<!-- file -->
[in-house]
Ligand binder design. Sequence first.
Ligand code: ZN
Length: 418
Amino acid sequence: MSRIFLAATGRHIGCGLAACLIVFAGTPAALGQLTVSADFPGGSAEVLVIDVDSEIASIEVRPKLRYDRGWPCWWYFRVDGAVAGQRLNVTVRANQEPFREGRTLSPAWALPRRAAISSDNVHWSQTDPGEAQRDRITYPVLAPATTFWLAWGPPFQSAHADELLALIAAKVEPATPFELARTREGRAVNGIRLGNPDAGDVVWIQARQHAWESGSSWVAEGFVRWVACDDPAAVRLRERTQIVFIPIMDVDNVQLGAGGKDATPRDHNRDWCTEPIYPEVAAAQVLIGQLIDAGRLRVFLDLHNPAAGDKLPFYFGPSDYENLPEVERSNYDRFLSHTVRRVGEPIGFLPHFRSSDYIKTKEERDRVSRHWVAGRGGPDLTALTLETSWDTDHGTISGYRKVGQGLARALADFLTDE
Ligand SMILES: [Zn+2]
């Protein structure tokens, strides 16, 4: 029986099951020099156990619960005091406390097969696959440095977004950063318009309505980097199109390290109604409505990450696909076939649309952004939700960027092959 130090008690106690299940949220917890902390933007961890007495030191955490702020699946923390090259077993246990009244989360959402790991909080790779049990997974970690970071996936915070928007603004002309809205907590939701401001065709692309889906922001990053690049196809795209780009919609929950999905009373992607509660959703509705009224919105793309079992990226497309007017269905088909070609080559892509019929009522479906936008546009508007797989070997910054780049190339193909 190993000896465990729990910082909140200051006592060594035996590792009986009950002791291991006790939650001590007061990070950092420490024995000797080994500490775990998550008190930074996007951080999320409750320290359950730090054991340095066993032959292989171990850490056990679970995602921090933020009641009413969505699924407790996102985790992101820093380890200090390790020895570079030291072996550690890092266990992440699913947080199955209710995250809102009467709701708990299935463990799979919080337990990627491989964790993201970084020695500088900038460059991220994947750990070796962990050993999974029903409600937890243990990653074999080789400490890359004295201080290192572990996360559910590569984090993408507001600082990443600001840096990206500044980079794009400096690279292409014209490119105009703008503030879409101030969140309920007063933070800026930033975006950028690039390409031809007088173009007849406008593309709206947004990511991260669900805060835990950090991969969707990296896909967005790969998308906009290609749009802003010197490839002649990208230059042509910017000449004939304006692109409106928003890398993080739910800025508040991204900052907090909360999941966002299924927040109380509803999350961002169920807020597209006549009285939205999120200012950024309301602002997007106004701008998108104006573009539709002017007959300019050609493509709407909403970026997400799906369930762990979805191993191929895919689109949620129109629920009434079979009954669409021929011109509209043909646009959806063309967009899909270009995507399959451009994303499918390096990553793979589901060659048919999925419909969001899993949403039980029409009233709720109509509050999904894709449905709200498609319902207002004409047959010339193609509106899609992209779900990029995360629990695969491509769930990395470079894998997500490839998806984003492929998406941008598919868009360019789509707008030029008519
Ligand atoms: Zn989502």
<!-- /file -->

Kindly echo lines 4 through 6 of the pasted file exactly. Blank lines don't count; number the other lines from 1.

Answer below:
Length: 418
Amino acid sequence: MSRIFLAATGRHIGCGLAACLIVFAGTPAALGQLTVSADFPGGSAEVLVIDVDSEIASIEVRPKLRYDRGWPCWWYFRVDGAVAGQRLNVTVRANQEPFREGRTLSPAWALPRRAAISSDNVHWSQTDPGEAQRDRITYPVLAPATTFWLAWGPPFQSAHADELLALIAAKVEPATPFELARTREGRAVNGIRLGNPDAGDVVWIQARQHAWESGSSWVAEGFVRWVACDDPAAVRLRERTQIVFIPIMDVDNVQLGAGGKDATPRDHNRDWCTEPIYPEVAAAQVLIGQLIDAGRLRVFLDLHNPAAGDKLPFYFGPSDYENLPEVERSNYDRFLSHTVRRVGEPIGFLPHFRSSDYIKTKEERDRVSRHWVAGRGGPDLTALTLETSWDTDHGTISGYRKVGQGLARALADFLTDE
Ligand SMILES: [Zn+2]